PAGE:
- Today Geordie Guy said he reckons I should be on Q&A #insteadofdevany, and put me on the same suggestion-list as Prof Larissa Behrendt, who was nominated for Australian of The Year, as well as a whole bunch of amazing people, which is an absolutely delightful compliment.
- And I had a reeeeeeeally interesting request from someone asking if I’d done much public speaking and if any was recorded and if I could please send them something , so I sent them a link to a video I am in speaking about depression in the legal profession, so they’re going to get back to me next week (#vaguebulletpointisvague).
Also on a fun-factor I did Raw Comedy again and followed it up with some open-mic stuff which was super-fun and I’m going to do it again. Hoorays!
Whew. Maybe I might get some sleep now?
I’m having too much fun!
I have disliked The [not-so] Hon Julie Bishop for quite some time. Firstly, the wall outside her Subiaco office makes me want to gag every time I drive up Rokeby Rd. Then there’s the whole Liberal Woman oxymoron thing where she, like Gov Sarah Palin, takes the cause of women 50-bajillion steps back every time she steps out in her Linney’s.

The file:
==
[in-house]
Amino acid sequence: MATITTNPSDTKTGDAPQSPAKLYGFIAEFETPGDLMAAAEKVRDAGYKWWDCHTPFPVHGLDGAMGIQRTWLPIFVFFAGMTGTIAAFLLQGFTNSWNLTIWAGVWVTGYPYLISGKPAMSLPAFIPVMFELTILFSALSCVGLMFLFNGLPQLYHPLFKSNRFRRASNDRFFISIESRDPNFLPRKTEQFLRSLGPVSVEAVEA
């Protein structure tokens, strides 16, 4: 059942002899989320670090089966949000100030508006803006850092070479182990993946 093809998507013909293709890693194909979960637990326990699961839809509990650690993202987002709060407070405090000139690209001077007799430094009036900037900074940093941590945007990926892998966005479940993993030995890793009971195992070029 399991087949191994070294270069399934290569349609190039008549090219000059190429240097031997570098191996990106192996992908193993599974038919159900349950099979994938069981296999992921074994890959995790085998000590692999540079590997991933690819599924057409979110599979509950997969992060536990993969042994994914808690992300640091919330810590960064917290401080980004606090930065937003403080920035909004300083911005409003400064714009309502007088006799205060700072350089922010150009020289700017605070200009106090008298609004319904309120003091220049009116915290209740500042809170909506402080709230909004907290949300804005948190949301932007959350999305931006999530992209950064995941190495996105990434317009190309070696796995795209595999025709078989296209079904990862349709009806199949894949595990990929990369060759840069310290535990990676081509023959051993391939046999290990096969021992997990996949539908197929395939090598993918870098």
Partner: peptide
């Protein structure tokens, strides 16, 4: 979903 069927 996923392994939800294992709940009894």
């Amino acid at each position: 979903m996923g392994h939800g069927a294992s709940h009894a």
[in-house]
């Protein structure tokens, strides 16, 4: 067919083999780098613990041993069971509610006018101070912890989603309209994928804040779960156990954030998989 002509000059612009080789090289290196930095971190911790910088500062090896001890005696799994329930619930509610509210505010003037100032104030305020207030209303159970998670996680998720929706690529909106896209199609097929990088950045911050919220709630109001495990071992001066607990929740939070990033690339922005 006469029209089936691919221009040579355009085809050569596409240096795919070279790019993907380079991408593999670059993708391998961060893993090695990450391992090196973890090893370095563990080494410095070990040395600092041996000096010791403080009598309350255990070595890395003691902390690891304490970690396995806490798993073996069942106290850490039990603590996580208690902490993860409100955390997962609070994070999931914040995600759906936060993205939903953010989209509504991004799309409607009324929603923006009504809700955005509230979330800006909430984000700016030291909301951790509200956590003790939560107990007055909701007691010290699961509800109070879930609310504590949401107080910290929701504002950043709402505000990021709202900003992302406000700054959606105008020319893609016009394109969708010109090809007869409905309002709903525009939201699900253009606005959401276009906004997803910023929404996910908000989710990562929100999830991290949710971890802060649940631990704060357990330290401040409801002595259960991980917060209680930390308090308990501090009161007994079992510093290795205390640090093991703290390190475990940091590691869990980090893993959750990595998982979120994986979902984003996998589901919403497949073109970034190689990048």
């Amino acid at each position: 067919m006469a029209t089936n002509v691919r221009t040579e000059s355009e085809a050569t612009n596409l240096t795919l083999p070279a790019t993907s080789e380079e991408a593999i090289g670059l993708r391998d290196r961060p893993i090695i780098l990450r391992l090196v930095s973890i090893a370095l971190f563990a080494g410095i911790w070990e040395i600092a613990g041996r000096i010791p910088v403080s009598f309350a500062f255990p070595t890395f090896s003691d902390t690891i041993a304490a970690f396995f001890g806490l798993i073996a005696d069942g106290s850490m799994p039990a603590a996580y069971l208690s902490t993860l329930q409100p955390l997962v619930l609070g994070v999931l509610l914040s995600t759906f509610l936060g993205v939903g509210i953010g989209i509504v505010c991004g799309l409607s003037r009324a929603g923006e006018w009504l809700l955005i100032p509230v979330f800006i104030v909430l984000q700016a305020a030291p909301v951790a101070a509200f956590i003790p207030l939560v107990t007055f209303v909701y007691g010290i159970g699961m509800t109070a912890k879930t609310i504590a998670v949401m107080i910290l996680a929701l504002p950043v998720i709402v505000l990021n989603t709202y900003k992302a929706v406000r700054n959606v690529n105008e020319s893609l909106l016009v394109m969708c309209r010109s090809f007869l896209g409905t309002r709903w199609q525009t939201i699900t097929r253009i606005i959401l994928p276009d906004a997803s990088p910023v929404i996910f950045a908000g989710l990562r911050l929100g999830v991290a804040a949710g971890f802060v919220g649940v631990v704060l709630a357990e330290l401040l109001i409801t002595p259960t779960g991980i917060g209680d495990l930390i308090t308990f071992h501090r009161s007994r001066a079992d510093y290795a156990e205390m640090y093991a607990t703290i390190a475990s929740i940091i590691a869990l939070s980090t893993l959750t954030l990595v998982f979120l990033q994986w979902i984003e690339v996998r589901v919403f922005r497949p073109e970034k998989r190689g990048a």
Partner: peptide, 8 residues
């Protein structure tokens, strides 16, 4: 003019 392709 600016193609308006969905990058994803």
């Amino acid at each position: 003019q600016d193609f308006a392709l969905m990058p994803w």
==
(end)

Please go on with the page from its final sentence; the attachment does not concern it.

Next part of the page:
As if her policies and incompetence weren’t bad horrible atrocious enough, she goes and does THIS during question time:
OH. MY. EFFING. GOODNESS.
And then —– and then her “justification” for this lameness (which will surely give me nightmares tonight; sorry for posting it, actually)???
“When people are carrying on in question time and getting really personal and vicious, it’s just a little thing that I do,” she said.
“It’s sort of suggesting that the girls should put the claws away.” [News]
It’s “A LITTLE THING” you do for “THE GIRLS”????????????
GREAT WORK, you pretentious brat, now everyone’s just going to say that female politicians can never rise above the petty squabbles they have across the leafy courtyards in their obnoxious private schools!!!!! (The day I vowed never, ever, to enter politics was the day we had a fake election in Year 10 Social Studies. Oh, the humanity.)
There was a comment on the news article going “oh, right, so can guys punch each other in Parliament now”? And seriously, that’s what this takes us to. Redicularity.
I am so embarrassed I share the same two types of chromosomes with this person. SO EFFING ASHAMED.
Can anyone confirm that she’s actually a she? I still have hope. No honest woman would use that much hairspray and fanny about like THAT much of a queen, right??? Please? I’m begging.
So, desipite my laryingitis, I drove out to Guilford yesterday to attend a lunch put on by Perth Labor Women & EMILY’s List to celebrate the 80th birthday of former-Senator Pat Giles.
Now, I was totally sick, but I’d RSVPed for this months ago, and even though I knew little about Pat Giles before I went, I knew the person organising it, and I had totally pomised myself that I would to go to more of these events. Plus it was a good excuse not to sit around being miserable.